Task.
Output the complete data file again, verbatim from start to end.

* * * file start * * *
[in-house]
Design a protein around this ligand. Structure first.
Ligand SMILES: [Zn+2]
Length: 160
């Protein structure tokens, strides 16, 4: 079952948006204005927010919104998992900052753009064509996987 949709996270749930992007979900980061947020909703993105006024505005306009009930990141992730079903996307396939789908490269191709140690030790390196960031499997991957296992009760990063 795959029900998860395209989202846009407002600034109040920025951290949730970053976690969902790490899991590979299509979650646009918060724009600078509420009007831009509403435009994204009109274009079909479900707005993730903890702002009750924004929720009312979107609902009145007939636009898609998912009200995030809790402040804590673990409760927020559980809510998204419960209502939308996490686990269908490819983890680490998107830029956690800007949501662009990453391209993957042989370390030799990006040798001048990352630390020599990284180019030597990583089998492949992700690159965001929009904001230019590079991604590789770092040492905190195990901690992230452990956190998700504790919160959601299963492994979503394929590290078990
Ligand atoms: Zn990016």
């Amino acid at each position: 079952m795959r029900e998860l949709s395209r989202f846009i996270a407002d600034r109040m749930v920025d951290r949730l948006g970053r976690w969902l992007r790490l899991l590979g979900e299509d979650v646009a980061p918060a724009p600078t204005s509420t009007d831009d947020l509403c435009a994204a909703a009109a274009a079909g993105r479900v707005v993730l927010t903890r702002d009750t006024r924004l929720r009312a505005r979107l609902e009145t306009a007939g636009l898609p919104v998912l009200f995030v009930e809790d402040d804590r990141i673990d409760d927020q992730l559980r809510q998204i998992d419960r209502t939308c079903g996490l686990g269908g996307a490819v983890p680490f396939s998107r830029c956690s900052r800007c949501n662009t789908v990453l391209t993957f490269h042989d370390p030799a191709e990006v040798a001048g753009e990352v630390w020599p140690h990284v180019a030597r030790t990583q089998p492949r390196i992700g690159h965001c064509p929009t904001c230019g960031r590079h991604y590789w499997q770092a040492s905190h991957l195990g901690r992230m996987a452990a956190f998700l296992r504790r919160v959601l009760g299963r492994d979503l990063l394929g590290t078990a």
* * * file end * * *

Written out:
[in-house]
Design a protein around this ligand. Structure first.
Ligand SMILES: [Zn+2]
Length: 160
């Protein structure tokens, strides 16, 4: 079952948006204005927010919104998992900052753009064509996987 949709996270749930992007979900980061947020909703993105006024505005306009009930990141992730079903996307396939789908490269191709140690030790390196960031499997991957296992009760990063 795959029900998860395209989202846009407002600034109040920025951290949730970053976690969902790490899991590979299509979650646009918060724009600078509420009007831009509403435009994204009109274009079909479900707005993730903890702002009750924004929720009312979107609902009145007939636009898609998912009200995030809790402040804590673990409760927020559980809510998204419960209502939308996490686990269908490819983890680490998107830029956690800007949501662009990453391209993957042989370390030799990006040798001048990352630390020599990284180019030597990583089998492949992700690159965001929009904001230019590079991604590789770092040492905190195990901690992230452990956190998700504790919160959601299963492994979503394929590290078990
Ligand atoms: Zn990016």
């Amino acid at each position: 079952m795959r029900e998860l949709s395209r989202f846009i996270a407002d600034r109040m749930v920025d951290r949730l948006g970053r976690w969902l992007r790490l899991l590979g979900e299509d979650v646009a980061p918060a724009p600078t204005s509420t009007d831009d947020l509403c435009a994204a909703a009109a274009a079909g993105r479900v707005v993730l927010t903890r702002d009750t006024r924004l929720r009312a505005r979107l609902e009145t306009a007939g636009l898609p919104v998912l009200f995030v009930e809790d402040d804590r990141i673990d409760d927020q992730l559980r809510q998204i998992d419960r209502t939308c079903g996490l686990g269908g996307a490819v983890p680490f396939s998107r830029c956690s900052r800007c949501n662009t789908v990453l391209t993957f490269h042989d370390p030799a191709e990006v040798a001048g753009e990352v630390w020599p140690h990284v180019a030597r030790t990583q089998p492949r390196i992700g690159h965001c064509p929009t904001c230019g960031r590079h991604y590789w499997q770092a040492s905190h991957l195990g901690r992230m996987a452990a956190f998700l296992r504790r919160v959601l009760g299963r492994d979503l990063l394929g590290t078990a």